Earlier this morning I had reason to look for this post from December, 2016, in which I talked about dialogue and reactions. In it, I said I’d be writing another one “soon(ish)” about when dialogue needs to start on a new line.
It’s soon(ish) now. (Hey, it hasn’t been a year yet. That has to count for something, right?)
I’m still seeing the thing that caused me to say this post was needed. No surprise there; the way teachers address dialogue in standard English classes (from, let’s say, middle school on through college) is sorely lacking in nuance and clarity, from my experience. They drill this information into students’ heads: “Always begin dialogue on a new line.” The missing part is “from a new speaker.” The way dialogue appears on the page is a cue to the readers about who’s talking. Every new line indicates a change of speaker.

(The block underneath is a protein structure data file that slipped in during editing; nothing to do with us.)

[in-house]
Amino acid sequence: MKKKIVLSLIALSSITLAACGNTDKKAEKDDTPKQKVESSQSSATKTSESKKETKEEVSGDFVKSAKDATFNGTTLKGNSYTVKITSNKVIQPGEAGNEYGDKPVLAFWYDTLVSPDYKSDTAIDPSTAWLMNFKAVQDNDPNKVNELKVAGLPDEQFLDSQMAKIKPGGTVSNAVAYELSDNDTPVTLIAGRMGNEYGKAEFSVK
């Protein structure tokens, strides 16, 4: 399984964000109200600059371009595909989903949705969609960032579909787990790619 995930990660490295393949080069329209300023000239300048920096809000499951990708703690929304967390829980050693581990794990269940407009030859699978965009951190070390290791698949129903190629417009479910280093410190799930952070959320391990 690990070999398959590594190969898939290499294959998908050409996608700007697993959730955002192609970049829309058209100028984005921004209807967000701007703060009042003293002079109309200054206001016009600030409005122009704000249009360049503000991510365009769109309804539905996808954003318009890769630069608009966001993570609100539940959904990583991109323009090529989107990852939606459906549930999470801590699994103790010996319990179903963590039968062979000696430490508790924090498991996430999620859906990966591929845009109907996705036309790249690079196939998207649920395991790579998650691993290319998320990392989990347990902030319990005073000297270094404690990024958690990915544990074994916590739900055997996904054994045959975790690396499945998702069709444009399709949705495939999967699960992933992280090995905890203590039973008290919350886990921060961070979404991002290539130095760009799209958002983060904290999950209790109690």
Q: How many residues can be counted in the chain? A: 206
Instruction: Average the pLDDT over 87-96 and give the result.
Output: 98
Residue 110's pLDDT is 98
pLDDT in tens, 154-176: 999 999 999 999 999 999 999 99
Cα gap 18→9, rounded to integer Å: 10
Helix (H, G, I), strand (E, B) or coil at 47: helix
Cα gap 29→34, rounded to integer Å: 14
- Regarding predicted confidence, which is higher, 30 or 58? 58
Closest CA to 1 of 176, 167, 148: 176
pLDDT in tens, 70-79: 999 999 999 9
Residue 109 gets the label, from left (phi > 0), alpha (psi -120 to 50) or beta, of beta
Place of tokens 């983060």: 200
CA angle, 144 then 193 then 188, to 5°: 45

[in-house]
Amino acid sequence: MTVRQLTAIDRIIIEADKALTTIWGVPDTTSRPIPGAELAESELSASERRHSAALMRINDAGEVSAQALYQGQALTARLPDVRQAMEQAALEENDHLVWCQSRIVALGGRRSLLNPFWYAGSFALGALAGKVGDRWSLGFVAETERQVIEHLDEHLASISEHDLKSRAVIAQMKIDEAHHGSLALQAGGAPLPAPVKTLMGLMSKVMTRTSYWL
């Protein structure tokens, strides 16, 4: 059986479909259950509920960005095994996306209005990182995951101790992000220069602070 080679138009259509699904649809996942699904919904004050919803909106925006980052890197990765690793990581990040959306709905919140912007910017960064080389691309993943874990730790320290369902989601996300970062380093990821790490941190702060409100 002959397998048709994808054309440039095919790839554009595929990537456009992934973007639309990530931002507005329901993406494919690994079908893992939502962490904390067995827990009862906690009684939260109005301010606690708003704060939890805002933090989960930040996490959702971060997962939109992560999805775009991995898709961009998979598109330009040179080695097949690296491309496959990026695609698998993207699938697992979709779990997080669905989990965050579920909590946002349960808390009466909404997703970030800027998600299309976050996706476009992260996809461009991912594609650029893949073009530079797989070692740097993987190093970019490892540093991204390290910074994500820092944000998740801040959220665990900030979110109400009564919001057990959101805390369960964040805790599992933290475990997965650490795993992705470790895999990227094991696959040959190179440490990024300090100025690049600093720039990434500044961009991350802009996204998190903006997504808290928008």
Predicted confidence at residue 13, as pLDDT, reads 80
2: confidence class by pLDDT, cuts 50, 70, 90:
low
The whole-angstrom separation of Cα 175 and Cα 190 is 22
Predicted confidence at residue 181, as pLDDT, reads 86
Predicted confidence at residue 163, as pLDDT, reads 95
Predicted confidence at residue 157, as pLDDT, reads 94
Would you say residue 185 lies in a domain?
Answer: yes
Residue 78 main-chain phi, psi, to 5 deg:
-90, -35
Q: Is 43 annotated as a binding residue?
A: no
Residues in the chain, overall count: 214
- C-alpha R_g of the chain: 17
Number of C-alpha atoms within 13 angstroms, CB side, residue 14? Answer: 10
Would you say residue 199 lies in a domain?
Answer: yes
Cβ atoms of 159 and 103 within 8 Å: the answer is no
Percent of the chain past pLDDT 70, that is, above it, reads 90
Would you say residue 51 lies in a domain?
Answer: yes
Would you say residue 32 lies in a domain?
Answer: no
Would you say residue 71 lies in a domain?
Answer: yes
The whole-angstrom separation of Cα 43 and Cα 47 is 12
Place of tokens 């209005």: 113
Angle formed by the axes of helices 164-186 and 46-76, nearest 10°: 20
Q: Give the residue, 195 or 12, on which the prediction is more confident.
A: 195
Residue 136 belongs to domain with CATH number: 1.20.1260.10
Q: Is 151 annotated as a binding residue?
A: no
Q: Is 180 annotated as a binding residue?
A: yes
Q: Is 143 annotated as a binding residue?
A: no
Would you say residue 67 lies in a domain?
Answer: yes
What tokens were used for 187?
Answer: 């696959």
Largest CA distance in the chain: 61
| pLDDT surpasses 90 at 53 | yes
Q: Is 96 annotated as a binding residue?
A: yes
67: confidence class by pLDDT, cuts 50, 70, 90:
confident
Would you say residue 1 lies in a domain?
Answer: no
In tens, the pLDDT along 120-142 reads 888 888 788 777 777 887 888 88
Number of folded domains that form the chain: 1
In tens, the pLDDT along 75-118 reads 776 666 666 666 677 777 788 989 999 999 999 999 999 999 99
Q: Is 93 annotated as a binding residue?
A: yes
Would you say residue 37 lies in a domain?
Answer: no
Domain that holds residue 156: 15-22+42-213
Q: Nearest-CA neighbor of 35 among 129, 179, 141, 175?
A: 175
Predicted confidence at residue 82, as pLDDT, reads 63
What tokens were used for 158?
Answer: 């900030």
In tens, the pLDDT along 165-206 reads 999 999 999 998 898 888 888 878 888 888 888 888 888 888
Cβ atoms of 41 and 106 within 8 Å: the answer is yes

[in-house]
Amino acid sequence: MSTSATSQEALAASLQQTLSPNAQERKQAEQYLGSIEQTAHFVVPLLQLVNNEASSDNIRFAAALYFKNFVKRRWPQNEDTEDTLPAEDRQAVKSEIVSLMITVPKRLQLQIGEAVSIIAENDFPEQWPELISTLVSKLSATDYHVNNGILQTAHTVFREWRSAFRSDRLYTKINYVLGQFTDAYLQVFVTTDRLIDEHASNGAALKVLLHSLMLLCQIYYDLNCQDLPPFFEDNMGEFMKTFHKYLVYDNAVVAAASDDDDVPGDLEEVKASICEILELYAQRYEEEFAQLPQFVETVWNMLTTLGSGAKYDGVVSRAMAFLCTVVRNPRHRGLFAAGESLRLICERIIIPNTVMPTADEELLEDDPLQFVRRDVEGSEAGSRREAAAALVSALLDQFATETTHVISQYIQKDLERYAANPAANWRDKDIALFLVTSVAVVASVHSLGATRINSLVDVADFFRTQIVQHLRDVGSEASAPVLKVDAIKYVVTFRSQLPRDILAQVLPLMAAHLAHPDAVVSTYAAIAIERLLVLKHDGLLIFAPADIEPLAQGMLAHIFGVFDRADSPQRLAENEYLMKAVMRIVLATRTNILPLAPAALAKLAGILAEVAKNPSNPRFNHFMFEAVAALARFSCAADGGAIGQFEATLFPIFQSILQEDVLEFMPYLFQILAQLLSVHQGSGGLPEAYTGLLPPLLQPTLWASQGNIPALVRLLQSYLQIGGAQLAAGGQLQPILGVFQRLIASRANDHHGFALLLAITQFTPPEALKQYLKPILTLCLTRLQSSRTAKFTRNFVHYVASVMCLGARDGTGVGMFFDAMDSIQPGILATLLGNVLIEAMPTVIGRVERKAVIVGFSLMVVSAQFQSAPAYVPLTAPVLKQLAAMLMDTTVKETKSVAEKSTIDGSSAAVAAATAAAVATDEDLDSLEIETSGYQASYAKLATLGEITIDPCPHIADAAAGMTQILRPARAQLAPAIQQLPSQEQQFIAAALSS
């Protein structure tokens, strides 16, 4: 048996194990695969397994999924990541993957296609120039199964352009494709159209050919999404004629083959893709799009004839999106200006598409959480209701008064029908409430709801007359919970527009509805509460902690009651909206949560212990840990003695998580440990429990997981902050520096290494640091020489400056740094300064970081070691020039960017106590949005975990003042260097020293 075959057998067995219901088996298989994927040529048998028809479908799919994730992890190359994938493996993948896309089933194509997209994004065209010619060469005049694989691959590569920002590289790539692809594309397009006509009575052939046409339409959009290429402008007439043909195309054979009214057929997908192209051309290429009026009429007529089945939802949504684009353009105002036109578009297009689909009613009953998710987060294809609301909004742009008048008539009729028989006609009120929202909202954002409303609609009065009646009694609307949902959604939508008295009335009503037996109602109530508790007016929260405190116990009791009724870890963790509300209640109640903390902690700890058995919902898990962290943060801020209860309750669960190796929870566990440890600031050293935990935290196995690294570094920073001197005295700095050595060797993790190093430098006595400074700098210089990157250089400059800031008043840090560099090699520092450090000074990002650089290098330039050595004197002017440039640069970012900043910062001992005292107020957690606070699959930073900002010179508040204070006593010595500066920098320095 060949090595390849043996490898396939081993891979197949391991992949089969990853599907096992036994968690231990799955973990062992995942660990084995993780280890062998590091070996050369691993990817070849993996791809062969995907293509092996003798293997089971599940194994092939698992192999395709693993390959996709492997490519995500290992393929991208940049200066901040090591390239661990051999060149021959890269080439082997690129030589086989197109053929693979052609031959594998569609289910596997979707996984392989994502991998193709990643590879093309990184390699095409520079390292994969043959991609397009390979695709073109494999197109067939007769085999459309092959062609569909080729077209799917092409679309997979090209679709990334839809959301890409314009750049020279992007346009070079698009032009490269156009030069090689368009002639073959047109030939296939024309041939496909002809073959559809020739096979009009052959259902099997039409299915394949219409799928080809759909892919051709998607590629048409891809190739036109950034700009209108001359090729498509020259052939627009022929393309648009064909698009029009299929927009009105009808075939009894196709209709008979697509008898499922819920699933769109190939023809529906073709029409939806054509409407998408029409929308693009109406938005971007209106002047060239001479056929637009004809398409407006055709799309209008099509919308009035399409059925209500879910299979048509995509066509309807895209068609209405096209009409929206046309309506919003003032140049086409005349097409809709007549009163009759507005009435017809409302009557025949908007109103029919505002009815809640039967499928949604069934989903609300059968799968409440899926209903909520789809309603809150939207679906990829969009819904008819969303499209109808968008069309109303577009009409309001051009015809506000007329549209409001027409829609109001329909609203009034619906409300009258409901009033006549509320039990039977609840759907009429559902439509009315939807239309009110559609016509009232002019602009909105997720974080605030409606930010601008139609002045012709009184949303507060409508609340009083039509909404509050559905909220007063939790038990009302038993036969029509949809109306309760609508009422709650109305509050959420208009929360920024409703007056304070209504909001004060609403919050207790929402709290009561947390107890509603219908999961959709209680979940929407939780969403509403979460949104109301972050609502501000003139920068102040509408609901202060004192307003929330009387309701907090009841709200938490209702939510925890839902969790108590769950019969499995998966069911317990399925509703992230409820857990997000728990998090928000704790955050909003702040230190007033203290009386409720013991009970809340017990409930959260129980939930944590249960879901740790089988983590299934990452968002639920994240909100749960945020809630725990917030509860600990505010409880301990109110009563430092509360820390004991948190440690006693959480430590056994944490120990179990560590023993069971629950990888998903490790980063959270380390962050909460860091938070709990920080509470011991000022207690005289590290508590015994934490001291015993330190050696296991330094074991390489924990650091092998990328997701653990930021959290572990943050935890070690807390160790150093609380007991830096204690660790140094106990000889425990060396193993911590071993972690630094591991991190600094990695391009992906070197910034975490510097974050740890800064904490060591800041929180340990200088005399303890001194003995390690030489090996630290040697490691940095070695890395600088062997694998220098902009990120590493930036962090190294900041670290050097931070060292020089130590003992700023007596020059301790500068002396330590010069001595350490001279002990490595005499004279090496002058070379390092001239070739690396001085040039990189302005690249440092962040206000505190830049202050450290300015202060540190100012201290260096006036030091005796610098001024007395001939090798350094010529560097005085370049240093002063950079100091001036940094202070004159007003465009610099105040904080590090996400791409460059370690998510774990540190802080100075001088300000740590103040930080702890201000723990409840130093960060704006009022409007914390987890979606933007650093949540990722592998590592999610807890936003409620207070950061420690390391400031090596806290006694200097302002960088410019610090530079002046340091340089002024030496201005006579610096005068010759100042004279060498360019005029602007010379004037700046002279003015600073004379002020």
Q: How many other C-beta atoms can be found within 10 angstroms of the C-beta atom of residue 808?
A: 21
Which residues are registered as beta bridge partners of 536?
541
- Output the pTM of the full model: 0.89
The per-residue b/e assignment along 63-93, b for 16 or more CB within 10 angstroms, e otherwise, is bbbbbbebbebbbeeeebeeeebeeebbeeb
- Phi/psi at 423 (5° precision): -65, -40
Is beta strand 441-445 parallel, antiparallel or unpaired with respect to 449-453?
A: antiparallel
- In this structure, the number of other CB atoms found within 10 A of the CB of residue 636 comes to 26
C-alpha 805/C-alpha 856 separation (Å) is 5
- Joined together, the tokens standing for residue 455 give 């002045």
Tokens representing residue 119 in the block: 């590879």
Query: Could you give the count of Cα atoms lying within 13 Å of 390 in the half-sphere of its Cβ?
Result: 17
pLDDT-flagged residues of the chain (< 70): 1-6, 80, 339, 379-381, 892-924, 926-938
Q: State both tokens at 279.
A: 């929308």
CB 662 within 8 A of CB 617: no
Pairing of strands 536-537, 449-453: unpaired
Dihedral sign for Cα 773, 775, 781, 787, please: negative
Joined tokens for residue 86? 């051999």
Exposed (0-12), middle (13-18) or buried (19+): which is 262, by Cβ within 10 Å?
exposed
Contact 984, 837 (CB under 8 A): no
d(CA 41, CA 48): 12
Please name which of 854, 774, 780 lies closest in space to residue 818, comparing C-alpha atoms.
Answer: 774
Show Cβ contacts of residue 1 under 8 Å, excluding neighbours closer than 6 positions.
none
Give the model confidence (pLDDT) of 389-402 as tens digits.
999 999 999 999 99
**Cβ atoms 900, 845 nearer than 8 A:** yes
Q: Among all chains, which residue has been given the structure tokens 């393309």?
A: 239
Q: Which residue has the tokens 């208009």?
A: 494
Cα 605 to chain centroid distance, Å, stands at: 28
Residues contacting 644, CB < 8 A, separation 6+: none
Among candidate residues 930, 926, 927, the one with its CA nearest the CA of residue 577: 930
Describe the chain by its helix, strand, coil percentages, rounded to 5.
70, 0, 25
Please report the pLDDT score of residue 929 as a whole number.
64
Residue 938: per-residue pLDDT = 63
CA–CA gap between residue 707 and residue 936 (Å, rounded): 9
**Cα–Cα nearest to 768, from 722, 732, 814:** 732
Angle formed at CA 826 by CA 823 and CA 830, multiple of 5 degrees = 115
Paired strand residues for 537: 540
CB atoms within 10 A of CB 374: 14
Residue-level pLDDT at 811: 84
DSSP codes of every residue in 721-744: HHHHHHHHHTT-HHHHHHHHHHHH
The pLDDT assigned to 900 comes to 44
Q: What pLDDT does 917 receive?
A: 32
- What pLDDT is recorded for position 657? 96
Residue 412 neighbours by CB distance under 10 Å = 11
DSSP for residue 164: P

At least that’s how it’s supposed to work. Continue reading “Formatting dialogue: when do you need a new line?”
I have an inordinate fondness for–some might say obsession with–intrusions.
Not physical ones. I don’t get into breaking down doors or smashing windows. I’m not talking B&E here. I mean written ones, like the one in the first sentence in this post. That clause in the parentheses is an intrusion. Why did I choose em dashes over parentheses? Continue reading “Intrusions: ems or parens?”
Let’s talk about question marks for a little bit. (Okay, more accurately I’ll write and you can read.)
I’ll bet you learned in school that you put a question mark at the end of an interrogative sentence. Take a look at the title of this post. Is that really a question? Is it asking a question? Continue reading “He wondered if he was right?”
Here’s a link to the ACES chat I was asked to lead this past week.
Here’s another one to a post about register from a couple of years ago, for further reading.
And another one, very short, with a different angle on register.
You want more? Google is your friend. That’s how I do it.
“He began to walk across the room.”
“She started to answer.”
Why do I need to know this? Why can’t it just say “He walked” and “She answered”?
This is one of the most common issues I see in my fiction editing work. Characters are forever starting and beginning things they could, quite honestly, just do. So, when does beginning matter? Continue reading “When beginning matters”